Thursday, July 18, 2013

Gamification is not Capitulation

Greetings World-

I know it's been several days since I spoke my mind, but I was on vacation and enjoying the summer weather.  But now it's time to get back to sharing my thoughts.  Today's topic:  Gamification.  If that's a new term to you (which it still sorta is to me), here's the wikipedia entry:


Or if you feel like some light reading, Amazon has this book for $2.99 on the Kindle:

I'm currently working on two books:

I've kept an eye on Twitter recently and noticed that there is some opposition to this idea of turning learning into more of a game-like experience.  Using the mechanics of something children understand to teach them makes sense.  I've blogged about my ideas using experience points and leveling in the past and so I will stick to my guns in believing in this idea.  

I think to some this idea of rewarding students for their work in these ways reveals the timeless differences in pedagogical thought.  For  example, remnants of an "Old Guard" may not have the desire to implement something like gamification or game theory into their classrooms.  They also may not have the experience or background with modern  video games that would allow them to be comfortable with such an idea.  

For others, rewarding students for "doing what they are supposed to be doing" is just against their principles.  These teachers usually use phrases such as "when I was in school" or "when I was a kid" or "I wasn't taught to teach like that."

Others will misuse this type of thinking.  Gamification isn't really an excuse to play Call of Duty instead of talking about World War II.  It's using the concepts that make up the basis of the video gaming experience in the classroom.

This is not "giving in" to students.  This is not lowering expectations.  To me, it's actually raising them.  The days of drill and kill, strict discipline, doing homework because the student is supposed to, paying attention because the student is supposed to, and not having to worry about engagement are gone.  They've gone the way of the 3.5 inch floppy, chalk boards, and the card catalog.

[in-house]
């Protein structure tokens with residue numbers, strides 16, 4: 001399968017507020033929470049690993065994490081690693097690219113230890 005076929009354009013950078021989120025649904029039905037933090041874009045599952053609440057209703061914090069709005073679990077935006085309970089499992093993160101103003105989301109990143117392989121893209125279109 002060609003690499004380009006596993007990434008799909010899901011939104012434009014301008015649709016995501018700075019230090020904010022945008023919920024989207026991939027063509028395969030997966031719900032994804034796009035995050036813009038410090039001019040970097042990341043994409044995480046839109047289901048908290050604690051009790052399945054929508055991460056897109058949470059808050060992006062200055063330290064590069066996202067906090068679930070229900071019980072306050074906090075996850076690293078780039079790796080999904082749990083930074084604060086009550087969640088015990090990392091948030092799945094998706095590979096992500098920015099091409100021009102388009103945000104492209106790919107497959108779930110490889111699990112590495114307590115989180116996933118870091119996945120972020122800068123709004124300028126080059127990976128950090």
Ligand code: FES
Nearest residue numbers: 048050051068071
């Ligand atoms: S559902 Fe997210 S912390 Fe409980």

I equate my limited by growing concept of gamification to teaching diverse students.  Students learning to speak English would suffer if taught only in English.  What if we taught students with visual impairments how to read only by pointing at letters?  What if we taught students with learning disabilities exactly like every other student, with no modifications?  We think outside the box, we innovate, and we modify the content and/or the experience for students who need it in order to achieve.

That's all gamification is... just on a bigger scale.

Video gaming requires a set of skills.  That may be a stretch to some but is.  Problem solving, planning ahead, and critical thinking can play a part in some (not all) games.  Additionally, there is a tangible reward, a recognition of the achievements made.  Gamifiying your classroom to provide incentives like this creates overt competition, and may actually lead to better results.  

But the bottom line is making the classroom into something more readily understood and digested by students is a good idea.  It's like tapping into a special dialect of the kid language, the kid experience.  While it may not be for everyone, gamification is for me.  

But that's because I speak that language.  I'm 27 going on about 15.

More to come on this topic down the road.  I should get a badge for this post...  because it makes me happy and would cost absolutely nothing.  That's another thing.  Create these badges or awards digitally... and they're FREE.  

Kid-friendly and budget-friendly...  I hope a superintendent reads this, and then hires me.  I'm 6 months from being able to be a technology director with my administrative certificate :)

Now if we could only gamify grading...

I'm out.

Mr. J.

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